5. Creativity can come from anywhere.
Backstory: "Faviken is built on things that would never work for any other restaurant. Depending on where you live in the world, you are flying up to Trondheim, Norway, and then you are renting a car, and you have to check your GPS, and you have to drive through little Norwegian fjords, and then you find this fairy tale world of this giant, sprawling Swedish hunting lodge and farm with nothing else happening, except this 12-seat restaurant. There's a sense that you've stumbled on this ancient Nordic hideaway. A version of that, that's been translated through Magnus' imagination and obsession, and passions." said Adam Sachs, Editor-in-chief Saveur.
"At Faviken, we don't have to relate to anything that we don't want. Because it's just us here. Just this little universe. It's kind of limitless, you know?" Magnus says earnestly.
6. Creative people often notice small details. They are good at observing other people and their surroundings. They have a keen eye and all this is typical for them, because they draw inspiration from all that is around them.
Backstory: "I notice everything that happens in the kitchen. I notice every little single details because I was there to develop them." said Magnus.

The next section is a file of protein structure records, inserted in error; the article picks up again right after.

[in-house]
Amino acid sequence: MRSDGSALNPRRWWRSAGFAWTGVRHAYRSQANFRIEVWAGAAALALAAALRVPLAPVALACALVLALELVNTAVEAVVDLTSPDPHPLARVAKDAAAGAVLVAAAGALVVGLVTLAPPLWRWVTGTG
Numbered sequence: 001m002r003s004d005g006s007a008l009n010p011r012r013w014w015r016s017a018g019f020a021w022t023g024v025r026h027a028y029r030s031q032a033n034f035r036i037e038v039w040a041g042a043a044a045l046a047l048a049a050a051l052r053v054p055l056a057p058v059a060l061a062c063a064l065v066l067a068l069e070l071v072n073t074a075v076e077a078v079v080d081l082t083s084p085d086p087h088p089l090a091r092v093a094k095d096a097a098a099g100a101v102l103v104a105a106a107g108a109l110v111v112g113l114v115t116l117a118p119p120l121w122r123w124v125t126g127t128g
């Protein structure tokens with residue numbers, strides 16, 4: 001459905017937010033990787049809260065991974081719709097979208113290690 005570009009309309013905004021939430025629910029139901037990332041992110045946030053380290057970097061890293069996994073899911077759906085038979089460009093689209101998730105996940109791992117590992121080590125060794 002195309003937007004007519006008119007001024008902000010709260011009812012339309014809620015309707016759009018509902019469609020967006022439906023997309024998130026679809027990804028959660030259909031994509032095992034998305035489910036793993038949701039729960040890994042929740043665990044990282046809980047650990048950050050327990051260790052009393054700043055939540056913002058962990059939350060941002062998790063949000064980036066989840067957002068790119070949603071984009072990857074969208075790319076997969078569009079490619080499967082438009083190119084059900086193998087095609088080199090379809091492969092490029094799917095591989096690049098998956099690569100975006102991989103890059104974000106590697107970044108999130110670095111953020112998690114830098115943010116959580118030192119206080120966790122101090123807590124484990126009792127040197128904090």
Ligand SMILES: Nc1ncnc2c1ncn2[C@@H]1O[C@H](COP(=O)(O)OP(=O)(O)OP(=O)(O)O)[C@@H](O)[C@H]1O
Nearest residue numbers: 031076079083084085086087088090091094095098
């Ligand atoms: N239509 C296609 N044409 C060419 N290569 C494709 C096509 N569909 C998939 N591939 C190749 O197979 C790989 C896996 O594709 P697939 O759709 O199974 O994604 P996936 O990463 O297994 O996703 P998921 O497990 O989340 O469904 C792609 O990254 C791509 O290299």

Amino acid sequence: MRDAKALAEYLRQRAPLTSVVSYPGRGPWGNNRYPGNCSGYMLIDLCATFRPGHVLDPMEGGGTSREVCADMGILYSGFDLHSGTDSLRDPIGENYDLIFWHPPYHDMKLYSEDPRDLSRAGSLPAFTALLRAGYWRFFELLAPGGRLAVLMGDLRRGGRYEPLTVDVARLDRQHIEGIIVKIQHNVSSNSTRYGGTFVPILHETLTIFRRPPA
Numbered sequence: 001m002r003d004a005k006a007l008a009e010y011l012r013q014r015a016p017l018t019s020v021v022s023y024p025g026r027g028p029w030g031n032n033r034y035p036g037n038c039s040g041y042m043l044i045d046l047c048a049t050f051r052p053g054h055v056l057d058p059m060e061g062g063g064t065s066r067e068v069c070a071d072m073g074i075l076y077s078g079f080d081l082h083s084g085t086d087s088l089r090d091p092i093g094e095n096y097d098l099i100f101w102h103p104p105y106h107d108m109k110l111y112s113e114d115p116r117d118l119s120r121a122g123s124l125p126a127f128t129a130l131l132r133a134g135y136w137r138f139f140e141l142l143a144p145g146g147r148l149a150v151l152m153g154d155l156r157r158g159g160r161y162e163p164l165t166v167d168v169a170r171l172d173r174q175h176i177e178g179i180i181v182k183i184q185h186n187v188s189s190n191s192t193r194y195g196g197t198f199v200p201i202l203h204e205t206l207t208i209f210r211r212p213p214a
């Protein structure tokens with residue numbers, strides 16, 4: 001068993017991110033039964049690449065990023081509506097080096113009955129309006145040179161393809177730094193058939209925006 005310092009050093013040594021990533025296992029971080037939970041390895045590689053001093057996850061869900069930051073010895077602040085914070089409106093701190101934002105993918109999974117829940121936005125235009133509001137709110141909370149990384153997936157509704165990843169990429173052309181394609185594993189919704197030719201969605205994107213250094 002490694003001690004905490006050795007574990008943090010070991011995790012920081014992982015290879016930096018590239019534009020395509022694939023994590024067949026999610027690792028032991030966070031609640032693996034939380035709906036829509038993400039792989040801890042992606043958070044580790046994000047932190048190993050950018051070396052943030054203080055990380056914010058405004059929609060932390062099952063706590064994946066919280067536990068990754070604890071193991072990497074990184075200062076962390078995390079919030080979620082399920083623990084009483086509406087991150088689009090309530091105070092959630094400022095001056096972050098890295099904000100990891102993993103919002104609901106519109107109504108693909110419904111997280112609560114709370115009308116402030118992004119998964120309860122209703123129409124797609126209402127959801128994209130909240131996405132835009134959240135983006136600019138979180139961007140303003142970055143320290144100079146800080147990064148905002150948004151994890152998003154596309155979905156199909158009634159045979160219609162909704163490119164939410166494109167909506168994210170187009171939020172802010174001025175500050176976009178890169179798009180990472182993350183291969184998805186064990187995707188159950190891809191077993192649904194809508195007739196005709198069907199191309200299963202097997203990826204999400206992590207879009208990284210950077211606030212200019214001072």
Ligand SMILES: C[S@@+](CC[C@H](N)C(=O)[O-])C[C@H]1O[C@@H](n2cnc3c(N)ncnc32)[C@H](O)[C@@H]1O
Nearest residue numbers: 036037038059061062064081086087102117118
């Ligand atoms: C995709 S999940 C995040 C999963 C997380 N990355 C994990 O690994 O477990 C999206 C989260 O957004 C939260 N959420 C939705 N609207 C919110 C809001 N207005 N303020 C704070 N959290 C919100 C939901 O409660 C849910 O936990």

7. Incredibly creative minds invariably seek out new experiences. They are open to doing and seeing new things, because they know that within these new experiences is the inspiration and perspective they need to create their best work.
Backstory: " It is a long process to create true understanding of produce and technique." Magnus said. "And most chefs do not even think about that as the chef's job. That's not very constructive. It's actually very lazy. " He continued to say, "I think for any restaurant like this, it is very important to not just accept things the way they are, but for things that you are intrigued by or interested in, that you actually go and investigate. "What's there?" and "Why?" If it doesn’t make sense, how can it be transformed to become something greater?" "It was really exciting when you hit that moment where you realize that you're onto something, when you realize that there is knowledge that's just lying there in the open, it's just that no one is using it."
8. Great creative minds understand the power of collaboration, and they aren’t afraid to tap into it.
Backstory: Magnus discusses how most restaurants normally have less-trained staff doing all the menial tasks, such as peeling potatoes and carrots, etc., while the more experienced chefs end up plating the food. He argues that this way of doing things holds no accountability. Instead, he has his trainees on the pass with someone who announces and controls everything while the chefs are in the back actually cooking until it is time to plate the dishes. This way, everyone is expected to carry out their best from the beginning.
“Others have seen what is and asked why. I have seen what could be and asked why not. ” ~ Pablo Picasso